Currency Investors Set to Face Wave of Regulation, Aite Saysby
Buy-side firms face stricter compliance after bank scandal
Algorithmic trading seen rising to 28 percent this year
Currency investors will need to transform the way they do business as global regulators expand their focus from banks, according to Aite Group, a consulting firm based in Boston.
Asset managers who are active in foreign exchange will face increased requirements for registration, due diligence, collateral and record-keeping in the coming years, said Howard Tai, a senior analyst at Aite Group, in a report published Thursday. To prepare for rules and changing market conditions, investment firms should increase staff training on compliance, analyze costs more closely and be open to trading with nonbank market makers, he said.
“Buy-side customers are beginning to become more aware of execution cost, after several foreign-exchange industry scandals occurred in the earlier part of this decade,” Tai wrote. “Gone are the days of asset managers’ old head-in-the-sand attitudes. No longer can they leave their sell-side counterparts to figure out all the nuts and bolts of regulatory changes.”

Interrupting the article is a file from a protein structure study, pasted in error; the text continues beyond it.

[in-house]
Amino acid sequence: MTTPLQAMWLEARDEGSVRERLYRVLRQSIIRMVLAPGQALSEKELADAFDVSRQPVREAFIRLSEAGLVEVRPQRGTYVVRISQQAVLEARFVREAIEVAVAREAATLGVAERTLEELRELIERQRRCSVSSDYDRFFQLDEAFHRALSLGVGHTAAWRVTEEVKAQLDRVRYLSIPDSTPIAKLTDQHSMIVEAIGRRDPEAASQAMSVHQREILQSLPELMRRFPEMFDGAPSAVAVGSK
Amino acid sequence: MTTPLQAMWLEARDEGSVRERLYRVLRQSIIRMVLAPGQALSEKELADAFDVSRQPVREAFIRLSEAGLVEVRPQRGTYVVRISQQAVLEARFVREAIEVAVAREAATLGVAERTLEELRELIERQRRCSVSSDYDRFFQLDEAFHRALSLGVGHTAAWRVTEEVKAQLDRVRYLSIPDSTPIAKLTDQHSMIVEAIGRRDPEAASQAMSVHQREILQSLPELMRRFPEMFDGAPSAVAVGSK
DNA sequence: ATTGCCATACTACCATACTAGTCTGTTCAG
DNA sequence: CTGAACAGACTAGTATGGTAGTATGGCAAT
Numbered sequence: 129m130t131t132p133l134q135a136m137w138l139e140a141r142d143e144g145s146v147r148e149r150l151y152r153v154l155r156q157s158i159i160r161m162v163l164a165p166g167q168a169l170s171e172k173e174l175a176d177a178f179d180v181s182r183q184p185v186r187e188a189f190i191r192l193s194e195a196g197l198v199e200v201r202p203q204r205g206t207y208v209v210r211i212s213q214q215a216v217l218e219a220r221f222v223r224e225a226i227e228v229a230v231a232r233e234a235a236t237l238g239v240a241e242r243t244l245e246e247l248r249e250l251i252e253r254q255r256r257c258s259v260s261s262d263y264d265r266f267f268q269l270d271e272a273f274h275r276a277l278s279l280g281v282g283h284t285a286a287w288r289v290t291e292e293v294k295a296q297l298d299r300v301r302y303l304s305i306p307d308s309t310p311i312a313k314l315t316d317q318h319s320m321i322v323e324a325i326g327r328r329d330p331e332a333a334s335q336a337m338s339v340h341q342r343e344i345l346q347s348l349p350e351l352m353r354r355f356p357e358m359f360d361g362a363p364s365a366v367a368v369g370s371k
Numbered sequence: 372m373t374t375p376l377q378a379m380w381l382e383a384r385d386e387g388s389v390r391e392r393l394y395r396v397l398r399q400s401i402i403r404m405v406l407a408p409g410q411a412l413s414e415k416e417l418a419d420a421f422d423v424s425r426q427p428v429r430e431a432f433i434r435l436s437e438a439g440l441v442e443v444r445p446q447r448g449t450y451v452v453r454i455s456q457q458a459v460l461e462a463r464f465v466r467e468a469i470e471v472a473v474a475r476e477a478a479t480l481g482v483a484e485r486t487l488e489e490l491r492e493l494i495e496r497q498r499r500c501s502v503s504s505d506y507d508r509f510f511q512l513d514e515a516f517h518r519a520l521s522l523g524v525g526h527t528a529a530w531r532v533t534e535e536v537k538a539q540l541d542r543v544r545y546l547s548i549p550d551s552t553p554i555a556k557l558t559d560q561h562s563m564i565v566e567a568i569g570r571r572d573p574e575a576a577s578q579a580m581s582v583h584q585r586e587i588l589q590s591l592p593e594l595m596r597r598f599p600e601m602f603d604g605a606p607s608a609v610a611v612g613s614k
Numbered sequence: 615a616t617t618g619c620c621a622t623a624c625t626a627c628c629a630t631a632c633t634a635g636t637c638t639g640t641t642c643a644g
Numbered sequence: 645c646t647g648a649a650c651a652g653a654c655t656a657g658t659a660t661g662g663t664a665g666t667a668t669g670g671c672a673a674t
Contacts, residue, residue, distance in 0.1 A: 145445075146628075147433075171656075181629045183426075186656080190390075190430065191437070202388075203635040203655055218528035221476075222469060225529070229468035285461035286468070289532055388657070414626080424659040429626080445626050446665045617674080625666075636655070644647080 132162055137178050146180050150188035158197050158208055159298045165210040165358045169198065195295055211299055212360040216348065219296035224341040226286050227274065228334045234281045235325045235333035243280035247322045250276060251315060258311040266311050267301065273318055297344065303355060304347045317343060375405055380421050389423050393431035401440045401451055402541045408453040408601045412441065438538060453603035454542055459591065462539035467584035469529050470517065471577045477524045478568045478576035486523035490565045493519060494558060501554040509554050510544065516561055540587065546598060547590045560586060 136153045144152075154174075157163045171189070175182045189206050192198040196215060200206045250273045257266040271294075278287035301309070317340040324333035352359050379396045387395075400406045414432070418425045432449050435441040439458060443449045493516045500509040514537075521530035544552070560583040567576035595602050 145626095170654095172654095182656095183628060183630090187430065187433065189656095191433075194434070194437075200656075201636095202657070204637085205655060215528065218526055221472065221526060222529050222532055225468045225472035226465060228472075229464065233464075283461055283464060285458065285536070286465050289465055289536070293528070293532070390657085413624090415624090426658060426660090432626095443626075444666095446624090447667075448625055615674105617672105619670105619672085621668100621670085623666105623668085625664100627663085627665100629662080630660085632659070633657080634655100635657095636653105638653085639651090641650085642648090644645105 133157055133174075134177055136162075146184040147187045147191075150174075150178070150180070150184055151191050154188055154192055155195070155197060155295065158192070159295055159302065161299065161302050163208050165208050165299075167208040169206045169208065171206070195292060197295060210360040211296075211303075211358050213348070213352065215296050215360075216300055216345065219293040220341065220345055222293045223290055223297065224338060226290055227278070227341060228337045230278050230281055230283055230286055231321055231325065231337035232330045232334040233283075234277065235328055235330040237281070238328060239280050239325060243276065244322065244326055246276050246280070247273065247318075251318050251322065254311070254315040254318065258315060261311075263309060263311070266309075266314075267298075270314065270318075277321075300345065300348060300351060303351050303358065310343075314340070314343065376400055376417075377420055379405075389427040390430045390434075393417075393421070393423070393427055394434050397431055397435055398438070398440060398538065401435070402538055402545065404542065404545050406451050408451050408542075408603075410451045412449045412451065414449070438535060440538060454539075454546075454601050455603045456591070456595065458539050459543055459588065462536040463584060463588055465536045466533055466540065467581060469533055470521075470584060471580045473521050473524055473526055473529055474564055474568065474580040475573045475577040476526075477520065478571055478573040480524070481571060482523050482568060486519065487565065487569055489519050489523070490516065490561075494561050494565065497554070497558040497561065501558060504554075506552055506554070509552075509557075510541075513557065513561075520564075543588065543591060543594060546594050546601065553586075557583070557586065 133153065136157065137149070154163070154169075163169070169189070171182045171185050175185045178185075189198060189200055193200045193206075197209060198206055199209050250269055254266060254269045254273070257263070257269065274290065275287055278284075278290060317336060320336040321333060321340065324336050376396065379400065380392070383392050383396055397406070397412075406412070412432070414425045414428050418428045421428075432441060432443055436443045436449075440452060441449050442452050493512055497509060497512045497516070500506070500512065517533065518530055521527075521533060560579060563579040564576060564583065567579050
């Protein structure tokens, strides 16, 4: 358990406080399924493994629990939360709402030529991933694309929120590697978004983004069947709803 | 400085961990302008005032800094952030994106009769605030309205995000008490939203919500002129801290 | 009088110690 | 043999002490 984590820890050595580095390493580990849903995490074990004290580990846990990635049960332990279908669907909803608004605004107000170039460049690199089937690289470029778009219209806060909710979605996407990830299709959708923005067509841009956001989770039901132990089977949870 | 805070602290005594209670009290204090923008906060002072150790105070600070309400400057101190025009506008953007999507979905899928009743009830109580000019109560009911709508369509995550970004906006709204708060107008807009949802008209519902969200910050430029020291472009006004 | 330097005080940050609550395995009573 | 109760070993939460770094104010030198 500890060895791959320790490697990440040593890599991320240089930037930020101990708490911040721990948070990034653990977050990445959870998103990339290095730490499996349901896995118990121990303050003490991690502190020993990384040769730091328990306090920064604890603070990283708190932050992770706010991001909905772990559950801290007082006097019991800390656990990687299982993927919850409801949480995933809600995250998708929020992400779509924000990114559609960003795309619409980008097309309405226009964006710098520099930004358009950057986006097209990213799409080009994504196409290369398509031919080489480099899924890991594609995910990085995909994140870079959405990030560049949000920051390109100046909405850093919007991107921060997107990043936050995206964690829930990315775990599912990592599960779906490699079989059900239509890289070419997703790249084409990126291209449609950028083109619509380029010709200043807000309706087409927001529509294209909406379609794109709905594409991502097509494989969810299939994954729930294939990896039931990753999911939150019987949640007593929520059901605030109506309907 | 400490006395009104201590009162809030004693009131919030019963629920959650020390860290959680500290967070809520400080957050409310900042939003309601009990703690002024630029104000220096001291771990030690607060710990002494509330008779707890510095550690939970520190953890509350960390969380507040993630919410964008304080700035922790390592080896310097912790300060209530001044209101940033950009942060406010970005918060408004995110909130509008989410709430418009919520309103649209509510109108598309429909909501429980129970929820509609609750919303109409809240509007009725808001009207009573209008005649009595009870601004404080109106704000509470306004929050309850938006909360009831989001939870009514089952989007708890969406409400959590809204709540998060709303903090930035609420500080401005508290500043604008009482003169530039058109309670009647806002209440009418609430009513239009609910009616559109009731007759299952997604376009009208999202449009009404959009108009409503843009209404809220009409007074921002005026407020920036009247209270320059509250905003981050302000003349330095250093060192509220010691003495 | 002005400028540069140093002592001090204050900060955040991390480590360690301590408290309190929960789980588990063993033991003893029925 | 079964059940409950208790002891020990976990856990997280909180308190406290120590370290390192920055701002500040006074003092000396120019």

Firms will need to bolster compliance systems while also cutting budgets for staff and technology, Tai said.
Central bankers and industry leaders are looking to beef up standards after a price-rigging scandal led to about $10 billion in fines and penalties and prompted dealers to suspend or fire staff in the wake of a transatlantic crackdown.
Other findings from the Aite report include:
- Electronic trading in over-the-counter currency markets is forecast to climb to about 64 percent in 2019
- Algorithmic trading is expected to rise 1 percentage point this year to 28 percent, more than double 2011 levels